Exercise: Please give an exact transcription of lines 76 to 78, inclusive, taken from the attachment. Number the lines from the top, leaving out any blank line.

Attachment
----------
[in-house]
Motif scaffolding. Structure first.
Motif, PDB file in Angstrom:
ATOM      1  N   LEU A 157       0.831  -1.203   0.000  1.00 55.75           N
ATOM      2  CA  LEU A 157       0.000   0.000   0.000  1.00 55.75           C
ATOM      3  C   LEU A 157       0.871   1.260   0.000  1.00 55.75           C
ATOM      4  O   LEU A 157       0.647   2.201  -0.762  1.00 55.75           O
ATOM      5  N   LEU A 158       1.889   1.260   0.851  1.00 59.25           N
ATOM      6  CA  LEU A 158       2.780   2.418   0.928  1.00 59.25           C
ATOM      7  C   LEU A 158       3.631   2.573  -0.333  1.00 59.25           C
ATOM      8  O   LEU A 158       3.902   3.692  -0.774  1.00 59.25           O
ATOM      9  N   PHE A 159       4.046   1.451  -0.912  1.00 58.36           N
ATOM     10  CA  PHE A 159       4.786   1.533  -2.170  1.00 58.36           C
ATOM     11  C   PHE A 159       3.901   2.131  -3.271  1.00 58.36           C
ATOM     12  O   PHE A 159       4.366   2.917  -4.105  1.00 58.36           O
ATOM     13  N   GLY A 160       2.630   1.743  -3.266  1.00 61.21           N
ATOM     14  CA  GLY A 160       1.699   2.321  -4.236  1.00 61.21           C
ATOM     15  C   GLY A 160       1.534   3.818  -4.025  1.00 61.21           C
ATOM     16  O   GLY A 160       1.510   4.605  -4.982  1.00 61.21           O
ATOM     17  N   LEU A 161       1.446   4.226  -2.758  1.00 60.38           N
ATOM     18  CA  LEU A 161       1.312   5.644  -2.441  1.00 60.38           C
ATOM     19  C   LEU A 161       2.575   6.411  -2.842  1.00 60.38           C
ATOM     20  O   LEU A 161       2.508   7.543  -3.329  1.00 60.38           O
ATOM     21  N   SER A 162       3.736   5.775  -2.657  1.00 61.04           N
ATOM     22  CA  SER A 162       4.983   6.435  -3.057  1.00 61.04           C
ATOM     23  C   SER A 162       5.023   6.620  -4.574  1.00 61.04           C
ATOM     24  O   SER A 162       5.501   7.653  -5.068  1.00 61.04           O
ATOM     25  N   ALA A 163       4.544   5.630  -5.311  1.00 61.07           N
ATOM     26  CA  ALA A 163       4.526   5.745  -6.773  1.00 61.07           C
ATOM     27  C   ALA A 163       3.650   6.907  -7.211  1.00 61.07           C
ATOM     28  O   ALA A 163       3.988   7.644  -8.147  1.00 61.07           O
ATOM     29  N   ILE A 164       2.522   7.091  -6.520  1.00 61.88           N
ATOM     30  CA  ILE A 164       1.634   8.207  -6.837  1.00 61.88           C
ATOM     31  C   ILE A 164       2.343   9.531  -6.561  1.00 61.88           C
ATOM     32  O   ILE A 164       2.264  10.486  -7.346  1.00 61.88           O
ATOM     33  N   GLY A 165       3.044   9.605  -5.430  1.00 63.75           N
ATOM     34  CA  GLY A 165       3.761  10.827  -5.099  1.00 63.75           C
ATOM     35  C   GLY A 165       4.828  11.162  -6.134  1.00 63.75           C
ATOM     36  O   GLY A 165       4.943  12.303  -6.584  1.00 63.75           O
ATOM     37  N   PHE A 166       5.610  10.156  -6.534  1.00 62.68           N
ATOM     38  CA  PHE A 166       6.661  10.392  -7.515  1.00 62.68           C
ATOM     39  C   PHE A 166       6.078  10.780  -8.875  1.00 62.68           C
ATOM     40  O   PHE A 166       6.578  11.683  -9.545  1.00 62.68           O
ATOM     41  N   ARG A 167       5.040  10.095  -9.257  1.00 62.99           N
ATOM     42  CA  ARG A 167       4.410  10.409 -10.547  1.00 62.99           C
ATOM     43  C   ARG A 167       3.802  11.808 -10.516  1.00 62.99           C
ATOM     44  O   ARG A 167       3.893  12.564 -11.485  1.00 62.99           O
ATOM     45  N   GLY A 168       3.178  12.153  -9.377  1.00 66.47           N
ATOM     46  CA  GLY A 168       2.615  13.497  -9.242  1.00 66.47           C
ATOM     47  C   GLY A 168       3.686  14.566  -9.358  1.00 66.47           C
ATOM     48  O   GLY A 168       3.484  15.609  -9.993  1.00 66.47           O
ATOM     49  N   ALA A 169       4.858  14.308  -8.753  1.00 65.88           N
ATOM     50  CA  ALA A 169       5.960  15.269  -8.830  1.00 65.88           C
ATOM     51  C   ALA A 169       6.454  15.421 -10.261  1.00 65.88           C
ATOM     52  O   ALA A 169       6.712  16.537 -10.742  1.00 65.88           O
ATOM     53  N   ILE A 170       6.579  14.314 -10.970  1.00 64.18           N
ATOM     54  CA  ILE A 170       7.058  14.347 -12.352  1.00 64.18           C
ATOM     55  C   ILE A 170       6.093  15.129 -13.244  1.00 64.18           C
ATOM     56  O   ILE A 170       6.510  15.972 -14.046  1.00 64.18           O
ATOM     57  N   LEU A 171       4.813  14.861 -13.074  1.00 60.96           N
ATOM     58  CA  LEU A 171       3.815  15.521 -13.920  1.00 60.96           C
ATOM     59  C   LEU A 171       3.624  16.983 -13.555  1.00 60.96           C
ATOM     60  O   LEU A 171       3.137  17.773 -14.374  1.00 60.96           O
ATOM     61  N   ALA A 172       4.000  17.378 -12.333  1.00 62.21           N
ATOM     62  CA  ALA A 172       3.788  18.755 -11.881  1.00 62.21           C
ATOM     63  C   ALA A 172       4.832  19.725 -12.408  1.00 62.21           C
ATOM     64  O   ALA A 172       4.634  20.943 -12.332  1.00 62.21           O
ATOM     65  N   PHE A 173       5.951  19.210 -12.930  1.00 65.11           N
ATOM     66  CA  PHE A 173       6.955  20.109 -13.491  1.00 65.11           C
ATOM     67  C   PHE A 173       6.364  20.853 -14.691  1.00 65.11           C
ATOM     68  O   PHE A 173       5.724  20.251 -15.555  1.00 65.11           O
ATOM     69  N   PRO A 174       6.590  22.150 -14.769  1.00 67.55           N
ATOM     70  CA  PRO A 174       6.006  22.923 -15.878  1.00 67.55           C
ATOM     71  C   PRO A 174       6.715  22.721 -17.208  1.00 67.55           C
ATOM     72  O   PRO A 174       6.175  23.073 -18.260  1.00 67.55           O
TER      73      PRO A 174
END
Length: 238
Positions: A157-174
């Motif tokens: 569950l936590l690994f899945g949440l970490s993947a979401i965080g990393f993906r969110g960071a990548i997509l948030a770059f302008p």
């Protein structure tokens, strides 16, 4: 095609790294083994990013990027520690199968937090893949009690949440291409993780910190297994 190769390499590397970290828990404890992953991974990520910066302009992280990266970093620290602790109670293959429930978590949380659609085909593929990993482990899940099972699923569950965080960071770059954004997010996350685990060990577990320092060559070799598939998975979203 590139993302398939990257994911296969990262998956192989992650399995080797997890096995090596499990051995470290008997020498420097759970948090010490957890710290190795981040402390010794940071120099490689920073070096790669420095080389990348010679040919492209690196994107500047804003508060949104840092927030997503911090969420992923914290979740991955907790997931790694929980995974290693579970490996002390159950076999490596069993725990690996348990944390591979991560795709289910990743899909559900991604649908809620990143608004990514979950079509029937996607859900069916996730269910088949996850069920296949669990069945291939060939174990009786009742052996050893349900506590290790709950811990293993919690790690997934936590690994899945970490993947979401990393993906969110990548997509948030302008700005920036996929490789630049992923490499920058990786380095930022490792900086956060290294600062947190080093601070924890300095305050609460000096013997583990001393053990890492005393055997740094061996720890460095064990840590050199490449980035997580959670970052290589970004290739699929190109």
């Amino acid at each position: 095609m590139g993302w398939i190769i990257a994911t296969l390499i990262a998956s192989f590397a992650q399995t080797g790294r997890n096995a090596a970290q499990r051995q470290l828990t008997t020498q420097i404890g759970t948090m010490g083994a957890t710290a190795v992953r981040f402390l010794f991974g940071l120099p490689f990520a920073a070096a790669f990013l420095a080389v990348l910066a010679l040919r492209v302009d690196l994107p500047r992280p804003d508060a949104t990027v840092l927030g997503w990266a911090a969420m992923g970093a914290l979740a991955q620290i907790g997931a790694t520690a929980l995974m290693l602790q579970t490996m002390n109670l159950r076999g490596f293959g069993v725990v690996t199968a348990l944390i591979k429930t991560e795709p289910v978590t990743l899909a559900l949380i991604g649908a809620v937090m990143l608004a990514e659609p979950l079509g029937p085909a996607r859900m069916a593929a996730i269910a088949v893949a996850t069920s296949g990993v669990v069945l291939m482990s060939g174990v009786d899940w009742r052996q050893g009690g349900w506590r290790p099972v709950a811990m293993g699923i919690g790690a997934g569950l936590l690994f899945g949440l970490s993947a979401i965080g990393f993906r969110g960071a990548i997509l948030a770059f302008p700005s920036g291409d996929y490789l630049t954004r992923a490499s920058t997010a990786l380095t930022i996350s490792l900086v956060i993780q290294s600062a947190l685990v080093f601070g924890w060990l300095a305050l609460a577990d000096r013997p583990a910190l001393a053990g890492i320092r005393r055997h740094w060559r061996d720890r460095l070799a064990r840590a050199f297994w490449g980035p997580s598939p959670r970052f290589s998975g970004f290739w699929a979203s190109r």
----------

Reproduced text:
TER      73      PRO A 174
END
Length: 238